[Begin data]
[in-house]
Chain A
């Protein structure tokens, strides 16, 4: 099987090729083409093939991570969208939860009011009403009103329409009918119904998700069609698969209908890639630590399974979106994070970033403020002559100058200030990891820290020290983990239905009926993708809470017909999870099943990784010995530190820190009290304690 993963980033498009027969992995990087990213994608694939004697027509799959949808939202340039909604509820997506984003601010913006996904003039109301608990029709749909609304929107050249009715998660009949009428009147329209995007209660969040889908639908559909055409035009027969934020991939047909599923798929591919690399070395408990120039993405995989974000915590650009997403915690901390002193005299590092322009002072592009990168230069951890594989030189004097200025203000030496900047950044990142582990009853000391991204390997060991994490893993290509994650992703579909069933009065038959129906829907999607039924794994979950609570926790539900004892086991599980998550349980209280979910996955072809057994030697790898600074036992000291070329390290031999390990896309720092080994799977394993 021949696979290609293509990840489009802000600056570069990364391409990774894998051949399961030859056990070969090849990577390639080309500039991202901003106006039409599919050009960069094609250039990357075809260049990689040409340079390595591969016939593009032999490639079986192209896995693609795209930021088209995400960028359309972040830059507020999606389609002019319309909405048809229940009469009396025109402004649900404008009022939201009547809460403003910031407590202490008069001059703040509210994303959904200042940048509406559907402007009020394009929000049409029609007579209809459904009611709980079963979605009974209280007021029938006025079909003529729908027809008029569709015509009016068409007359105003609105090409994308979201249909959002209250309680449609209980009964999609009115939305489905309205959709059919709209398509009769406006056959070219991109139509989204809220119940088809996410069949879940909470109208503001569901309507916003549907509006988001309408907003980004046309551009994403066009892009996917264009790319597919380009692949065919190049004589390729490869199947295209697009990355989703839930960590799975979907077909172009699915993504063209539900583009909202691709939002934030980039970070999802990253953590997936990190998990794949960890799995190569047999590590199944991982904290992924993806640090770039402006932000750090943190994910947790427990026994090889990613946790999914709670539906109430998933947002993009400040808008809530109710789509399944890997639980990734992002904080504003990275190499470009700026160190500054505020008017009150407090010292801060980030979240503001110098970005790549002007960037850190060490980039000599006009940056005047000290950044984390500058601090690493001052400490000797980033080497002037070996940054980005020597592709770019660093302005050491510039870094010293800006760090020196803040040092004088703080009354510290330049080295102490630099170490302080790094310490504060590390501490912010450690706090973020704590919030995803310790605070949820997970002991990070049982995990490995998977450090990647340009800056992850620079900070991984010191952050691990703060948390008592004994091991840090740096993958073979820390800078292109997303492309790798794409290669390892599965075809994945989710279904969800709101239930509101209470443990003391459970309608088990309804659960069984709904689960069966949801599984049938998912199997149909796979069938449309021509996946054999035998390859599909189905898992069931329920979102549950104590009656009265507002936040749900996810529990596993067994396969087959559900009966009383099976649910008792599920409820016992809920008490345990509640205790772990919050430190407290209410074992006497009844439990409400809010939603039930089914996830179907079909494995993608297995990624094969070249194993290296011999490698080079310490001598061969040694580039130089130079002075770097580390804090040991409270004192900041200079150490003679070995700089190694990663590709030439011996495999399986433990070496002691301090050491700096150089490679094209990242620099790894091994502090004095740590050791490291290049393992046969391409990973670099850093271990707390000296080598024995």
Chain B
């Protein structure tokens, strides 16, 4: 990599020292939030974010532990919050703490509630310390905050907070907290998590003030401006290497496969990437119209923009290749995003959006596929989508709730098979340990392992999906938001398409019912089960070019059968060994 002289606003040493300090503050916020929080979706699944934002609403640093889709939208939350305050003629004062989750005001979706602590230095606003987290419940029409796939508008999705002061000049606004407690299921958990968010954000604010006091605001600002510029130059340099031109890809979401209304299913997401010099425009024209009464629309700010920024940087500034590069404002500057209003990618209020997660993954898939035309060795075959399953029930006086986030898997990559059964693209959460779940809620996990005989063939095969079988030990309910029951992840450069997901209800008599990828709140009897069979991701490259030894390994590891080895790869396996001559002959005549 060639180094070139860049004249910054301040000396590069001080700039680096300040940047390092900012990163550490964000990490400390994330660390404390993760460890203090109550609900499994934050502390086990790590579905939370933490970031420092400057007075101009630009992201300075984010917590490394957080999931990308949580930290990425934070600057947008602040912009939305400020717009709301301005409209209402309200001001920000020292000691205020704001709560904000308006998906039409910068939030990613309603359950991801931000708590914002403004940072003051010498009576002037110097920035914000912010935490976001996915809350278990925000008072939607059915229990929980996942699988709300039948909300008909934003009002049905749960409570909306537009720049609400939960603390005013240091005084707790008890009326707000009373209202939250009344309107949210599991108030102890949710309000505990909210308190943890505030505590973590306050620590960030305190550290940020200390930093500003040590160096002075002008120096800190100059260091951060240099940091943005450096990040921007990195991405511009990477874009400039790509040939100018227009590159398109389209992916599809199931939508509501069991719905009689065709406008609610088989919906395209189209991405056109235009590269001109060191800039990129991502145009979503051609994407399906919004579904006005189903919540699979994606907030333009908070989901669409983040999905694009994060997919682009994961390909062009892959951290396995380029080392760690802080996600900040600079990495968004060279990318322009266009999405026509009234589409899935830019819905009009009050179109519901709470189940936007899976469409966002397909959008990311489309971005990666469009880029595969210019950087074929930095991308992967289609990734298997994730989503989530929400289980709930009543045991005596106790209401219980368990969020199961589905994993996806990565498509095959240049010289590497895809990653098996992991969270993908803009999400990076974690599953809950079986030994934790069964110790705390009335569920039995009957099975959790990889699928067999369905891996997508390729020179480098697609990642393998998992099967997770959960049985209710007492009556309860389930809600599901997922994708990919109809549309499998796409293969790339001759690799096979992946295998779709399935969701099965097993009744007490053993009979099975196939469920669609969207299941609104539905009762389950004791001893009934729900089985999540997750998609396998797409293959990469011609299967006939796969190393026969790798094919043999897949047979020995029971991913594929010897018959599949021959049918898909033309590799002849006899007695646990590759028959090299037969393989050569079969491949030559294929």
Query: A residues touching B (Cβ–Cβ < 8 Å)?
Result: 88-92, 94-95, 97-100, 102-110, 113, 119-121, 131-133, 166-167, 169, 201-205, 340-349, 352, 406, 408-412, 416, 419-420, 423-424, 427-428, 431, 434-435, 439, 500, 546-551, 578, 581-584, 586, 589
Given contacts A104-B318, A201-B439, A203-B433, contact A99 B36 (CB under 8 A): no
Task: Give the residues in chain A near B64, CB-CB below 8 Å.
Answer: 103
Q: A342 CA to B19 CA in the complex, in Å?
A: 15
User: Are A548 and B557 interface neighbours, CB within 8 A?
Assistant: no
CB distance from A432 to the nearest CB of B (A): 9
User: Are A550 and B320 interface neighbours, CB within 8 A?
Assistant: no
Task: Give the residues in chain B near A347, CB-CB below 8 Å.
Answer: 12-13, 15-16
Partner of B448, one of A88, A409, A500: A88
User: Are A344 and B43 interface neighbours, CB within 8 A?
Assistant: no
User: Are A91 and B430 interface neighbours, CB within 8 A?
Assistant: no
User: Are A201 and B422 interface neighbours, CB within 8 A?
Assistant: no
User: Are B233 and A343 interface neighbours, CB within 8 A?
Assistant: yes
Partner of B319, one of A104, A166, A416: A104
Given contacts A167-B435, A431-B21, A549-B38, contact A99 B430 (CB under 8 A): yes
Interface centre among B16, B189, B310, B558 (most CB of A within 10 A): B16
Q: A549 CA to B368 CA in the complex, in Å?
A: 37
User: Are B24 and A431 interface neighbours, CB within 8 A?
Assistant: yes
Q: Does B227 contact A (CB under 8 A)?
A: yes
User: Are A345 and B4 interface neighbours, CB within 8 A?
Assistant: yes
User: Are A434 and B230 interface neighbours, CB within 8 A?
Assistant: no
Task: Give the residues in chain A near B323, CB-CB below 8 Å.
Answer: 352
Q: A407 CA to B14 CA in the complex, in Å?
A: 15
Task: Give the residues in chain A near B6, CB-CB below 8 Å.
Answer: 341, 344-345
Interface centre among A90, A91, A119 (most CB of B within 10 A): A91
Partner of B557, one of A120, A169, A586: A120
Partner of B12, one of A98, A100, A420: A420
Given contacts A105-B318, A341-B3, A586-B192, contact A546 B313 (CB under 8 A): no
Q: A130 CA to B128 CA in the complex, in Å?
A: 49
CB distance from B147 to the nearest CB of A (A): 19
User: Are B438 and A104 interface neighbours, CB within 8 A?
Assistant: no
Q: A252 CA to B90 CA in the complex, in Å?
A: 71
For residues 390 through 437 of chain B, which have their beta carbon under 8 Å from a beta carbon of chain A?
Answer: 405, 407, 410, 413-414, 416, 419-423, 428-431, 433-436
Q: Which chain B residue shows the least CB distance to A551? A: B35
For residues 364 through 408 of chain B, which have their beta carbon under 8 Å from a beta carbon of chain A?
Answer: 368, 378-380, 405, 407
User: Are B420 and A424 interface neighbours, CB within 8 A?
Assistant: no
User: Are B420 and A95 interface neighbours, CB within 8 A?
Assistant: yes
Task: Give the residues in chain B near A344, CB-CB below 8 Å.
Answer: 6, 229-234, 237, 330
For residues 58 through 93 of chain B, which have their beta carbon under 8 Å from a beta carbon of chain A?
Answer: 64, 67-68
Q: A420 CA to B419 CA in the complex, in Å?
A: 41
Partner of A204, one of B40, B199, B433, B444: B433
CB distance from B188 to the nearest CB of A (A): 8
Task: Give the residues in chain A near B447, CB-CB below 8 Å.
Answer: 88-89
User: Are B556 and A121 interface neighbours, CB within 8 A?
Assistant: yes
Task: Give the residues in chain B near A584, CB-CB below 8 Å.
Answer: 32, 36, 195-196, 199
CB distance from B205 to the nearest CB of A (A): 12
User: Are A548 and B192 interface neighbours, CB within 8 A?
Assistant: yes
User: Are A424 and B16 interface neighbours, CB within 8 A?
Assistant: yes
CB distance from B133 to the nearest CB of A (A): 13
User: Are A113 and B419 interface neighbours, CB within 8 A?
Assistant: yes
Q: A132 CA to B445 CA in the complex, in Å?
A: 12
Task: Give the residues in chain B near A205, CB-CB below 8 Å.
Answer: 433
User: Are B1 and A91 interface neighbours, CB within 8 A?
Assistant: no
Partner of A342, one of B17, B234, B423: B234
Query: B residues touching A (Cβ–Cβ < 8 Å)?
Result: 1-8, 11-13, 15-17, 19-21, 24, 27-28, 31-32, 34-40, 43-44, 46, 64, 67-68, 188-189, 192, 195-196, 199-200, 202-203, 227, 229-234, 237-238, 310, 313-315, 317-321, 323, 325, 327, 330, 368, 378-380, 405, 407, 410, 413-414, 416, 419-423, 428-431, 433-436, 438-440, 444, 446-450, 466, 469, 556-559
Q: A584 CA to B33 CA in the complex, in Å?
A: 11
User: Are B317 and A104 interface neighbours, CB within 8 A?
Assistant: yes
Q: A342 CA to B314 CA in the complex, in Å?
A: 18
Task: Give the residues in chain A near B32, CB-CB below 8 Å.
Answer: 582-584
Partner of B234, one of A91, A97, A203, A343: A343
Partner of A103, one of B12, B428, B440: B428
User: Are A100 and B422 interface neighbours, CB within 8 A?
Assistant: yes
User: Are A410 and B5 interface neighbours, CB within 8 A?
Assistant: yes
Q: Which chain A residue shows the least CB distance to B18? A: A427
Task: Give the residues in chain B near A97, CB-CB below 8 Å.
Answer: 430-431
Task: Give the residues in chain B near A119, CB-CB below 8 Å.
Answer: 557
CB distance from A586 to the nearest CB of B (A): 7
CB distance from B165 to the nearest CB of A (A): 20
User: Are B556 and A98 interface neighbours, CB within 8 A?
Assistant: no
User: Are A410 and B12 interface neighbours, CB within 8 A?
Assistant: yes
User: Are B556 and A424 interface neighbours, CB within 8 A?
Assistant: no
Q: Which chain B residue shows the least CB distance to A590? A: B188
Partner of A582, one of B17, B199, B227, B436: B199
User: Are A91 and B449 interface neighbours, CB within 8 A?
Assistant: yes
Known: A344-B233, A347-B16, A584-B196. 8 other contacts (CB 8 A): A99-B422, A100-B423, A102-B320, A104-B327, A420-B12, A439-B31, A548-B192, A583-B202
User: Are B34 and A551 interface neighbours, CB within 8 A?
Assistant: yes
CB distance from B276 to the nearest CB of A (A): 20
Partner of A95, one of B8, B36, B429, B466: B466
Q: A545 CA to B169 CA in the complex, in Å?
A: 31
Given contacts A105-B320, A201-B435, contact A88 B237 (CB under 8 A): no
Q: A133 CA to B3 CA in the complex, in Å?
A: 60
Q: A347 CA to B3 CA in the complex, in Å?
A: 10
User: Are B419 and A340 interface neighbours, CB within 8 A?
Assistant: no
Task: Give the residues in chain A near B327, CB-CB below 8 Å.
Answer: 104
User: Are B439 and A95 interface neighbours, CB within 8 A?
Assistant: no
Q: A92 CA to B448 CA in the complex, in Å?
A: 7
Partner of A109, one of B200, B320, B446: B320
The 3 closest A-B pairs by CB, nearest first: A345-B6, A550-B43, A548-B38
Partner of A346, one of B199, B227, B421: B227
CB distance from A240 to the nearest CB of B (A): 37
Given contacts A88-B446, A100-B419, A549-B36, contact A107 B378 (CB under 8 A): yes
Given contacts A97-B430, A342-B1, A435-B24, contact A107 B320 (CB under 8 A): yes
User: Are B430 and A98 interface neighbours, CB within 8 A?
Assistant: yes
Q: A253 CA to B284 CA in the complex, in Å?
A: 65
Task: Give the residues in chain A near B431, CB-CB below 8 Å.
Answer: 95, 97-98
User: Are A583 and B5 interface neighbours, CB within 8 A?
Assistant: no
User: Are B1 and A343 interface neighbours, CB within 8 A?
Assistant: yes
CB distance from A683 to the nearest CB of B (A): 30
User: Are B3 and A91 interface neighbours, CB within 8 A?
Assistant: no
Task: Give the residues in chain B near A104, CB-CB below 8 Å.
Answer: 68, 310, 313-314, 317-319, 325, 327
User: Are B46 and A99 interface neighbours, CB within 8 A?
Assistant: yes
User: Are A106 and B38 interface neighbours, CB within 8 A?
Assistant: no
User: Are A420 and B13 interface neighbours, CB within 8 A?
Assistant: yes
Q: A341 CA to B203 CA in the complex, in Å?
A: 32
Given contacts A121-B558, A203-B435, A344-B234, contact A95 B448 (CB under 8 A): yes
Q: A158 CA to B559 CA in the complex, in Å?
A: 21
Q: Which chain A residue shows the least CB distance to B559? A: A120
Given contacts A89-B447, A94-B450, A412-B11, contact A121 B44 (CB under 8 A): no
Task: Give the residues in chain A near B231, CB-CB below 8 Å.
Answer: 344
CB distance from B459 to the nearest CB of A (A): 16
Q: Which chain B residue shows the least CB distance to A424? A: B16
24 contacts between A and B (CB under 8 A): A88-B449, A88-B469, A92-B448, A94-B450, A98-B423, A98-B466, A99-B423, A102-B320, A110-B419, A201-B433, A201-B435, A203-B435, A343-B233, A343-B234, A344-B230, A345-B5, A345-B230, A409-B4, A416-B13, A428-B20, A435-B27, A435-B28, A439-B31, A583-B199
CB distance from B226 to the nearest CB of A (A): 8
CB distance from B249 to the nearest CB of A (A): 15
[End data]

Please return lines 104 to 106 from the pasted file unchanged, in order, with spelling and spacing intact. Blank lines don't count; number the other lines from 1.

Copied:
A: 18
Task: Give the residues in chain A near B32, CB-CB below 8 Å.
Answer: 582-584